though there may not be much to say on glitches (in physical text it sums up to a mere 19 pages) it is worth the read if you’re looking for an upcoming series that will definitely get you hooked. if cyborgs and futuristic settings spark your interests give glitches a bit of your time, you might turn out to be a fan of hers.
Posted 1 year ago
i’ve started to notice a really amazing pattern of total epic inception-level mind-fuck in chuck palahniuk’s books. which, needless to say, is probably why i love his novels so much. if you can manage to look past the violently sarcastic tone and shrug off the colorful and advanced vocabulary of the narration by maddy spencer in damned without falling absolutely in love with his writing style, his tendency to completely disassemble everything you believed up to the various cliffhanger chapters in his books will surely do you in.
palahniuk’s complete abandonment for political correctness on commonly social-sensitive topics, in addition to the vast amounts of factual information (or at least what seems to be factual) he manages to put in his novels, add a strange feeling of legitimacy so that you feel completely immersed. i’m forever amazed, every time, at how much he’s able to put into a mere 250 pages. he will forever be my favorite author.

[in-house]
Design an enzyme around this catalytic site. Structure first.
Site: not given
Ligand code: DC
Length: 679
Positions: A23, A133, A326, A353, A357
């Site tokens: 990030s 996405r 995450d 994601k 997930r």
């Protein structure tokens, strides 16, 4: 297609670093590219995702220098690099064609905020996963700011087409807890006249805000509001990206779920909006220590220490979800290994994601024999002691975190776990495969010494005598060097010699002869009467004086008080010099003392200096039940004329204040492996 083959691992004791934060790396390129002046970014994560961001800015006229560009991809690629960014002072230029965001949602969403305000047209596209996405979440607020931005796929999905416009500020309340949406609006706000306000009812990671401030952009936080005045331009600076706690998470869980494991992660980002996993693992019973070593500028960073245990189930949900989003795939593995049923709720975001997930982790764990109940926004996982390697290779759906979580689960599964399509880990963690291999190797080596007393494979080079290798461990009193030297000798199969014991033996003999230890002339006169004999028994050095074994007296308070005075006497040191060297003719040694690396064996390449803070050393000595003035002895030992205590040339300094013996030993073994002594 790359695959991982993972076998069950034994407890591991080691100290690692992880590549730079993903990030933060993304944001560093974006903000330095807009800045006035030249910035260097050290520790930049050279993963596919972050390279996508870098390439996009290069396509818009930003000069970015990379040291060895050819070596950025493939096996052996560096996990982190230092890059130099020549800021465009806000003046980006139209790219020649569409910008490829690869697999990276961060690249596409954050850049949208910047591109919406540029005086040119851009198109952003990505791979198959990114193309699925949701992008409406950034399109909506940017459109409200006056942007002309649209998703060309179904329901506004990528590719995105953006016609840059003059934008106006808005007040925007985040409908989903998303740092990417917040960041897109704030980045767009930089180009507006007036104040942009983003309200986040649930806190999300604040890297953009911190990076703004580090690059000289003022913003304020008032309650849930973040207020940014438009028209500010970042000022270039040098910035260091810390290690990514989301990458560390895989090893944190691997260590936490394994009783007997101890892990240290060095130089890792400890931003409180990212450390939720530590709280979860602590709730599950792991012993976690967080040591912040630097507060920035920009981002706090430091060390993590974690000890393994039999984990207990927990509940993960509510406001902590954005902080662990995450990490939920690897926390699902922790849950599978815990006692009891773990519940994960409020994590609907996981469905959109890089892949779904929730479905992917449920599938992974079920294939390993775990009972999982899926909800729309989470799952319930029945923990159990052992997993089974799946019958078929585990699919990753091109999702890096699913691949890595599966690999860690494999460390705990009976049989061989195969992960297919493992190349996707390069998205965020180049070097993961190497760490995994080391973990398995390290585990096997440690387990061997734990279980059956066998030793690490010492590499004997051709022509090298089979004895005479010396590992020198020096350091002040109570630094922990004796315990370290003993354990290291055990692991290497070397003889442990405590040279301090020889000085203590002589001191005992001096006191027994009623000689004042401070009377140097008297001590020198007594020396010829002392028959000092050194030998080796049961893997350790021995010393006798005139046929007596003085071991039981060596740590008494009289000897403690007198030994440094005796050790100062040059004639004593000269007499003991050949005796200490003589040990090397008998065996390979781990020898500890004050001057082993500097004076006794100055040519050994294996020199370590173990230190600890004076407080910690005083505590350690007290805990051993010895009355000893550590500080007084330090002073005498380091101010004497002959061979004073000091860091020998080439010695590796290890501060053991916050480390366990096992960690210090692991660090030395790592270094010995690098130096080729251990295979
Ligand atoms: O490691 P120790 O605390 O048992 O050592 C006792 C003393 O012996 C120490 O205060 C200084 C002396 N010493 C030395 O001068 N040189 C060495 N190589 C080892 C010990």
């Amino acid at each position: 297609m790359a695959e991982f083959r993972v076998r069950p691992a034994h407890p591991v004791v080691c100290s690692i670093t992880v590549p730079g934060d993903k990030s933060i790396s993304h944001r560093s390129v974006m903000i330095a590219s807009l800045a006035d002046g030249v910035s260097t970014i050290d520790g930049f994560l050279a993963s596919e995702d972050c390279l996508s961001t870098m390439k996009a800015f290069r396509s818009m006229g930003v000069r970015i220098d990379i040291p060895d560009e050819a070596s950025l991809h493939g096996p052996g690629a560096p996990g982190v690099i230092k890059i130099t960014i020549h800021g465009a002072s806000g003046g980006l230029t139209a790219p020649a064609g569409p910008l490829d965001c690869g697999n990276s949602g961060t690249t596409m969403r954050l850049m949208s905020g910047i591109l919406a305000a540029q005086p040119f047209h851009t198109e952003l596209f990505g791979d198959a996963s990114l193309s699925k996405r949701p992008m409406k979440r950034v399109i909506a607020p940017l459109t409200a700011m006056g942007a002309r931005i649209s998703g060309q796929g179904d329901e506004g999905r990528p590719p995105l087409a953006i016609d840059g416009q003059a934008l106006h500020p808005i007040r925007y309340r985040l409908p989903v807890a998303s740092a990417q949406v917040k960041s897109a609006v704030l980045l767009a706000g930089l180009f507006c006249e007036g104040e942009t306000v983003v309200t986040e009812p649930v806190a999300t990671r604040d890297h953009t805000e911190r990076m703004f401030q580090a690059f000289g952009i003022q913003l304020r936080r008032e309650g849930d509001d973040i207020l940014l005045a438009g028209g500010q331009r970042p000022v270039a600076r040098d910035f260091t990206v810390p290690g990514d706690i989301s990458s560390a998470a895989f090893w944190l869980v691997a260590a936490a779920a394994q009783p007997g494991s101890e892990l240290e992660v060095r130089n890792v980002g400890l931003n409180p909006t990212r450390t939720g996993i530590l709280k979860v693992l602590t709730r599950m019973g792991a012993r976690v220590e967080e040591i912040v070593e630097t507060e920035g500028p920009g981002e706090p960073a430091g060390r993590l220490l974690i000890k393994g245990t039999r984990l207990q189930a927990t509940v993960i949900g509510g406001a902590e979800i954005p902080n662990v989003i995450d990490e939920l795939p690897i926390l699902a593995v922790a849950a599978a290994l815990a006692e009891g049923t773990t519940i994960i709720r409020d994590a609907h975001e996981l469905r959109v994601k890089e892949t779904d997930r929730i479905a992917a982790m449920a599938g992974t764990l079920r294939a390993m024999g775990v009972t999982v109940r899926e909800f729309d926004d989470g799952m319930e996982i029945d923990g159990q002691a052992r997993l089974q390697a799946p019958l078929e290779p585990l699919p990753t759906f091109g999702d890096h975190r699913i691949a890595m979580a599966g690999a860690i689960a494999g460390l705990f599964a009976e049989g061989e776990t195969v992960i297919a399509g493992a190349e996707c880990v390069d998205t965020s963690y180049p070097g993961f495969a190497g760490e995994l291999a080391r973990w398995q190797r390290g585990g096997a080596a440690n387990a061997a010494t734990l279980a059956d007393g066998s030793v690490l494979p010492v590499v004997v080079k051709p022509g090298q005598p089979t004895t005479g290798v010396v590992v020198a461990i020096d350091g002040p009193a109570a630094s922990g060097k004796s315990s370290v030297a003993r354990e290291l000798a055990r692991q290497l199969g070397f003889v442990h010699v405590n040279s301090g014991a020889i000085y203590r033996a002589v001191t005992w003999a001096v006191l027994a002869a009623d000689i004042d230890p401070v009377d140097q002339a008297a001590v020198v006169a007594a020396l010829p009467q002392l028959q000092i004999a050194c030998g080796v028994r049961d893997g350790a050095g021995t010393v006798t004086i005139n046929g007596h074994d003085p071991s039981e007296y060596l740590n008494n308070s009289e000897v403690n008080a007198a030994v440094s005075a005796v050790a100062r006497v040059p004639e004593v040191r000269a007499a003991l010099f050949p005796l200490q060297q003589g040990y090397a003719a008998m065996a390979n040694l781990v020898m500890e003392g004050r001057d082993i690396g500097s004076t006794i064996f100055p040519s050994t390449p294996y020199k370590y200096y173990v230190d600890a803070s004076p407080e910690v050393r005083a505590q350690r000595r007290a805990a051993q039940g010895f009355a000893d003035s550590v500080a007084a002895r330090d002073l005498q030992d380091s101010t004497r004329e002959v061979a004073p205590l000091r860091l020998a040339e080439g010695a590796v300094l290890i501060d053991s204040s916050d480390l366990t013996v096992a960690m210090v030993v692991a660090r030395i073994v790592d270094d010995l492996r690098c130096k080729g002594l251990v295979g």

seriously, if you haven’t started reading his books, do it now. it’s hard to make any comments on this novel without completely spoiling the whole plot but it’s definitely worth taking the time to read.
finally started reading again; thank you goodreads.com
if you’ve happened to stumble across my blog by mistake or you simply hate yourself enough to actually follow my reading blog make an account if you don’t already have one. it’ll definitely be worth looking into.